• In every study of the Med diet, it is always noted that diets “high in olive oil and fish and low in red meat” can be beneficial to heart health. My question: is it really just the olive oil and fish that is adding the benefit because of their high Omega-3 content? I have not seen the study where olive oil, fish and red meat are eaten together to see if the same results obtain, but this might be the hidden truth about this latest study if the designer is to be believed. How do they know which one is the controlling factor when they always eliminate red meat but add omega 3 foods? It may simply be the addition rather than the subtraction that drives the benefit.
  • Since 99.9% of the red meat in the US is grain-finished, and since it is known that grain drives out the Omega-3s and drives up the omega 6s and saturated fats, then they must necessarily be comparing the Med diet to a diet that includes grain-finished beef in the control group. When will they study the grass-finished beef that is high in omega 3s? Until they do, they really have no business denigrating red meat as a whole. They should make it clear that they are suspicious of grain-finished beef at best.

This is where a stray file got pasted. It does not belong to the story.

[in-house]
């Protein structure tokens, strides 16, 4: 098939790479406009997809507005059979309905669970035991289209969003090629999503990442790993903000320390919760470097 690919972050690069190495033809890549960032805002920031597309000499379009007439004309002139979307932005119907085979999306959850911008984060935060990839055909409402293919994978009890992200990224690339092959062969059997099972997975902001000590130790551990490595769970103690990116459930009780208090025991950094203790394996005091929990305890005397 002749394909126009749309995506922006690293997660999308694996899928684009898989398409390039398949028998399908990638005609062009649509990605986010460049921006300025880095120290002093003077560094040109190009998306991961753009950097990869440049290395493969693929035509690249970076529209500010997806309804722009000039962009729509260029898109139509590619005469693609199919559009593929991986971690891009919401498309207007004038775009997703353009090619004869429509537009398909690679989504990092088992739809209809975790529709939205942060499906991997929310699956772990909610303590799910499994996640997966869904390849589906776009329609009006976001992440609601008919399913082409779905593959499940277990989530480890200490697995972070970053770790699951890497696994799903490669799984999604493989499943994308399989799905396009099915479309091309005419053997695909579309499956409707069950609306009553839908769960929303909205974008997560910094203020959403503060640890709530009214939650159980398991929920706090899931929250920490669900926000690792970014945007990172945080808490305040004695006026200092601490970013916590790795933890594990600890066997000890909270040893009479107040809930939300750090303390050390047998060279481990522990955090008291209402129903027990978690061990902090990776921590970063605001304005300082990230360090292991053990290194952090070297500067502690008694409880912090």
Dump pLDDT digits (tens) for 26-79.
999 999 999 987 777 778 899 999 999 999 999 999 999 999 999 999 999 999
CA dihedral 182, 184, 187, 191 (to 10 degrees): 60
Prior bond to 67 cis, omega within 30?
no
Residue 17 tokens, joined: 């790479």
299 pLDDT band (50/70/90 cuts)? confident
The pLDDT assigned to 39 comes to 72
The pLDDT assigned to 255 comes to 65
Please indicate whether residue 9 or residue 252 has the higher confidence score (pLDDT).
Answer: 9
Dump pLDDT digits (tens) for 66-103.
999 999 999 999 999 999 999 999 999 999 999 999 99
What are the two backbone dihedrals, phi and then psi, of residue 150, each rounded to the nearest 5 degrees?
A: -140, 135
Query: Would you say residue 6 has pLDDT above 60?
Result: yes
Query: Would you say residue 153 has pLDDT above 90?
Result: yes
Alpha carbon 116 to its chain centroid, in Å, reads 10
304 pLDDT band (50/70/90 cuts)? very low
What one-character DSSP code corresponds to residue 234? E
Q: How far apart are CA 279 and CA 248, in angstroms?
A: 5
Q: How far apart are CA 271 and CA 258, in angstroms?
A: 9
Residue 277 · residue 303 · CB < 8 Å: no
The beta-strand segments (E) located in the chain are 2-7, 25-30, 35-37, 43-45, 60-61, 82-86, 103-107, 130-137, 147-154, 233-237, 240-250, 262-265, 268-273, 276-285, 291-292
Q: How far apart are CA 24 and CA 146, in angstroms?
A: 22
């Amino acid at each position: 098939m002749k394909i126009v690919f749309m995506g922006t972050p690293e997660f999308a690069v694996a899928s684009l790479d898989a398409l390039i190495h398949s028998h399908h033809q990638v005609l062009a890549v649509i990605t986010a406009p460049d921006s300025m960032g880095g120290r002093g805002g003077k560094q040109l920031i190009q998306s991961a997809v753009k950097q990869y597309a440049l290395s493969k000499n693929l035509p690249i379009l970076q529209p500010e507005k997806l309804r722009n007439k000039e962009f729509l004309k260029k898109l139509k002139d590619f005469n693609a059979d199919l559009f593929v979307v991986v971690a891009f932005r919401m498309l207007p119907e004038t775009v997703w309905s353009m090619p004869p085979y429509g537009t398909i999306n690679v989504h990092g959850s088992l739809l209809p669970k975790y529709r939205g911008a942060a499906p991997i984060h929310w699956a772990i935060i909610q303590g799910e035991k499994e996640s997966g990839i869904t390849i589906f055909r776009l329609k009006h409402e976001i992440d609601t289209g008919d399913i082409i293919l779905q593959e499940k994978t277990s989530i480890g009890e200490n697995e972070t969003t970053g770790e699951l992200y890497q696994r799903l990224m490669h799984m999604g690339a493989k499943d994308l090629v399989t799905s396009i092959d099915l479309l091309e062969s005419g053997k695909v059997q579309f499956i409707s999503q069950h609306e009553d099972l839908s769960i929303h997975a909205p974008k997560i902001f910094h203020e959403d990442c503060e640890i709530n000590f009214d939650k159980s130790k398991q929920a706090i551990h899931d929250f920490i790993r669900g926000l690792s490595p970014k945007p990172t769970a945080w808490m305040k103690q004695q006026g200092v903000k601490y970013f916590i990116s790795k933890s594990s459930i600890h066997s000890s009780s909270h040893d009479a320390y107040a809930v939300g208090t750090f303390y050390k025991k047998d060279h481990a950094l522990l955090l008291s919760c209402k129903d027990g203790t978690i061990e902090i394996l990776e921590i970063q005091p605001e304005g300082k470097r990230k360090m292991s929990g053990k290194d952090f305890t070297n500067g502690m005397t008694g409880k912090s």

• In addition, shouldn’t they distinguish between wild fish and farm-raised fish if they consider omega 3 to be the key to the benefit? They don’t tell us. Again, if they are supplying farm-raised fish, then the fish aspect of the Med diet probably is not a contributor to the benefit. And that leads to the parallel conclusion that the elimination of red meat is not a contributor either. Right? Right. It may well be the olive oil, not the fish, that delivers the benefit.

The aspect I agree with wholeheartedly is the importance of Omega-3s in our diet. So let’s consider the Jolie Vue diet of beef, pork, chicken and eggs, all free range on organic pasture and woods, and all served in proper proportion to your vegetables and fruits. All of the JVF meats are demonstrably high in omega 3s. Interestingly, and contrary to popular belief that has been so wrong for so long, our pork may provide the highest omega-3 portion of all the meats. Why? Because the pig converts the oils of nuts to oleic oil, which is the same as found in olive oil. JVF pork dines on many things in their omnivorous life, including greens, acorns, pecans and roasted nuts. There you have it.

So, it is important to go beyond the media-reported conclusion of any dietary study and consider the underlying factor or factors that might have led to the conclusion. And my dietary conclusion is this — buy the very cleanest, properly raised and unprocessed whole foods you can find and eat them in great variety as often as you can. That’s a diet you can live with - as Thomas Jefferson did all the way into his late 80th years.